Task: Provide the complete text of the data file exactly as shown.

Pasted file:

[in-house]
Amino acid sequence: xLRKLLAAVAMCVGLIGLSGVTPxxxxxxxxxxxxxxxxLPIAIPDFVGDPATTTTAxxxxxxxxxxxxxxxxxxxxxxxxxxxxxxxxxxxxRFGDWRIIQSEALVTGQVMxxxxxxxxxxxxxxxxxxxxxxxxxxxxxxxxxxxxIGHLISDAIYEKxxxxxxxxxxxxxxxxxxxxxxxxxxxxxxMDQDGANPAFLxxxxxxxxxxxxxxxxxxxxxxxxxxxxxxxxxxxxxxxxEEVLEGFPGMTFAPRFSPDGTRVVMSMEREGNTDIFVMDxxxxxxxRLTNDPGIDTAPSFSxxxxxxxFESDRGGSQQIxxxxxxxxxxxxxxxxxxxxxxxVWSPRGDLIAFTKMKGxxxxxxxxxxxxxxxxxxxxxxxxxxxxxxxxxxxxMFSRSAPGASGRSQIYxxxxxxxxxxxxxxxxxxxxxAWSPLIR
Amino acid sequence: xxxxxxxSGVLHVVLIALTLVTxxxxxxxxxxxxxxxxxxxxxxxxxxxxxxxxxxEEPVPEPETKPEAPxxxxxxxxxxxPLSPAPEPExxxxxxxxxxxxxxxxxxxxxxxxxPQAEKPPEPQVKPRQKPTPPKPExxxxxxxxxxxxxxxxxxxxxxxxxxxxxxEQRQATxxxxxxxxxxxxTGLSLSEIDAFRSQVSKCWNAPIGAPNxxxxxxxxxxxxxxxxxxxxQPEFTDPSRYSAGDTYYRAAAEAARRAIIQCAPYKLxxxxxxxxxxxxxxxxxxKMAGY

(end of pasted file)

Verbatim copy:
[in-house]
Amino acid sequence: xLRKLLAAVAMCVGLIGLSGVTPxxxxxxxxxxxxxxxxLPIAIPDFVGDPATTTTAxxxxxxxxxxxxxxxxxxxxxxxxxxxxxxxxxxxxRFGDWRIIQSEALVTGQVMxxxxxxxxxxxxxxxxxxxxxxxxxxxxxxxxxxxxIGHLISDAIYEKxxxxxxxxxxxxxxxxxxxxxxxxxxxxxxMDQDGANPAFLxxxxxxxxxxxxxxxxxxxxxxxxxxxxxxxxxxxxxxxxEEVLEGFPGMTFAPRFSPDGTRVVMSMEREGNTDIFVMDxxxxxxxRLTNDPGIDTAPSFSxxxxxxxFESDRGGSQQIxxxxxxxxxxxxxxxxxxxxxxxVWSPRGDLIAFTKMKGxxxxxxxxxxxxxxxxxxxxxxxxxxxxxxxxxxxxMFSRSAPGASGRSQIYxxxxxxxxxxxxxxxxxxxxxAWSPLIR
Amino acid sequence: xxxxxxxSGVLHVVLIALTLVTxxxxxxxxxxxxxxxxxxxxxxxxxxxxxxxxxxEEPVPEPETKPEAPxxxxxxxxxxxPLSPAPEPExxxxxxxxxxxxxxxxxxxxxxxxxPQAEKPPEPQVKPRQKPTPPKPExxxxxxxxxxxxxxxxxxxxxxxxxxxxxxEQRQATxxxxxxxxxxxxTGLSLSEIDAFRSQVSKCWNAPIGAPNxxxxxxxxxxxxxxxxxxxxQPEFTDPSRYSAGDTYYRAAAEAARRAIIQCAPYKLxxxxxxxxxxxxxxxxxxKMAGY